Attorneys Volney, Lalla differ on AG Armour

The content originally appeared on: Trinidad and Tobago Newsday

Former judge and People’s Partnership minister Herbert Volney. –

TWO attorneys, one a former High Court judge and the other a temporary judge, have given differing views on whether or not Attorney General Reginald Armour should resign or be fired by the Prime Minister regarding his disqualification in the almost two-decade-old Piarco Airport corruption case in a Miami court.

Former judge and People’s Partnership government minister Herbert Volney is standing firm with Armour, saying the AG simply made an error in an affidavit to a US judge.

Former temporary judge Larry Lalla disagrees, saying Armour’s latest statement did not exonerate him but rather proffered a defence for his actions.

“People who hold public office are human. They can fall into error and often do. In this instance, I have no reason to doubt that the AG, while on holiday in Europe, had done as he said, without his files. To err is human and to forgive is divine,” Volney told Newsday when contacted for comment on Tuesday.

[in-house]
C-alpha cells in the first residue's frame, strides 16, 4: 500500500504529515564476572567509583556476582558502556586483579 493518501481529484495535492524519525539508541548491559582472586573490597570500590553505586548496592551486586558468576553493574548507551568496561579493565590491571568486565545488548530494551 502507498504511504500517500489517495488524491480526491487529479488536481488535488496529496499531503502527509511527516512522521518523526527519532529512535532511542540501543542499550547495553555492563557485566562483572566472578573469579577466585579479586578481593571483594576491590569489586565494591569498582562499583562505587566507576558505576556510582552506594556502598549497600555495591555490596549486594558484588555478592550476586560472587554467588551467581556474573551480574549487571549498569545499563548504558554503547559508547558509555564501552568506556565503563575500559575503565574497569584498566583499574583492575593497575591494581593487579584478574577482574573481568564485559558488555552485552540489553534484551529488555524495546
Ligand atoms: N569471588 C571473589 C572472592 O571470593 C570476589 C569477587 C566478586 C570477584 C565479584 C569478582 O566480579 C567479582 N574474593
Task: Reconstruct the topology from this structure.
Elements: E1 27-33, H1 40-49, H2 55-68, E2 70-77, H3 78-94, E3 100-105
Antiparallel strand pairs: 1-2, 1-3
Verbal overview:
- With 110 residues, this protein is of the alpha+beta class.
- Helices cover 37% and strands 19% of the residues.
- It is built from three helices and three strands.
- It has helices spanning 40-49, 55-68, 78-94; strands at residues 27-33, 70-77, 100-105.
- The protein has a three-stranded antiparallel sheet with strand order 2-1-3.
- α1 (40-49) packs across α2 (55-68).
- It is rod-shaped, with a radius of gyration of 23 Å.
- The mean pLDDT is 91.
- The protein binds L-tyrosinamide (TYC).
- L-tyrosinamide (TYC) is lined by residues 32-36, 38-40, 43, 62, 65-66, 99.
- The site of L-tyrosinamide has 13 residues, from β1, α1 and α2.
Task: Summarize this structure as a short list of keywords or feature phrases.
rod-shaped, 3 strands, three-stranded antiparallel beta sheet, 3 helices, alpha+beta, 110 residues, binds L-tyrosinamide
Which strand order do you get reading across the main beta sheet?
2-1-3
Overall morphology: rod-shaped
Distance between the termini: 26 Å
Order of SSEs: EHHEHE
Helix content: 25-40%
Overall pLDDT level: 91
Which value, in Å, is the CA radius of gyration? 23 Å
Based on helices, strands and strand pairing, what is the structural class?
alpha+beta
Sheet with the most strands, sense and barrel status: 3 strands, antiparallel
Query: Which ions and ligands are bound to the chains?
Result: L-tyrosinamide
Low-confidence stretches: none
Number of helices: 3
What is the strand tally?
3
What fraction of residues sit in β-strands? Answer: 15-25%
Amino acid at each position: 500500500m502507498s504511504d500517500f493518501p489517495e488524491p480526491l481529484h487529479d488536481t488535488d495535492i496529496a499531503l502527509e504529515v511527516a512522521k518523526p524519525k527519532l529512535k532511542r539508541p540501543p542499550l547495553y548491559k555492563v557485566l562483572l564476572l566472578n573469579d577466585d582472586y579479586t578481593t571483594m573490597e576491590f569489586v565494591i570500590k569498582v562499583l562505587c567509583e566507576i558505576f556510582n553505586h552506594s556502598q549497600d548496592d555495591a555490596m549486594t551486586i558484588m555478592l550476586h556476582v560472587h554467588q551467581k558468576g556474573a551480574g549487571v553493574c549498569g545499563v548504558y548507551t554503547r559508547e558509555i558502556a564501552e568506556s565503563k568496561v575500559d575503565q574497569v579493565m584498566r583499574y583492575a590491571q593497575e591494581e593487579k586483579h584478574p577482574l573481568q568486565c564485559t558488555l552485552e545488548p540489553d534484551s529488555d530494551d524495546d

Volney said the AG recalling what he once forgot, was par for the course, given that the matter is almost two-decades old.

“It is idle argument to say it was done on purpose. I have no reason to doubt the AG. He gave a proper and sincere explanation. Politics is adversarial and not because a man is in politics means I must have no reason to give him the benefit of the doubt.”

Attorney Larry Lalla. –

Lalla, when contacted, said Reginald’s latest statement did not help his case.

“It’s unacceptable and he has to step down from office! It is highly unlikely, extremely unbelievable and the stuff that flying pigs are made out of, when an Attorney General and a Senior Counsel to boot, is able to say with a straight face, he cannot recall the nature of his role in the highest profile matter that this country has seen in a long time,” Lalla said.

He added that the AG’s latest statement does not exonerate him but presents a defence, which he opined, is not a believable one.

“Assuming, for argument’s sake, that he could not properly recall his role in the matter so many years ago; he should have refrained from giving the affidavit at the time that he did and should have asked for an opportunity to check his files,” Lalla said.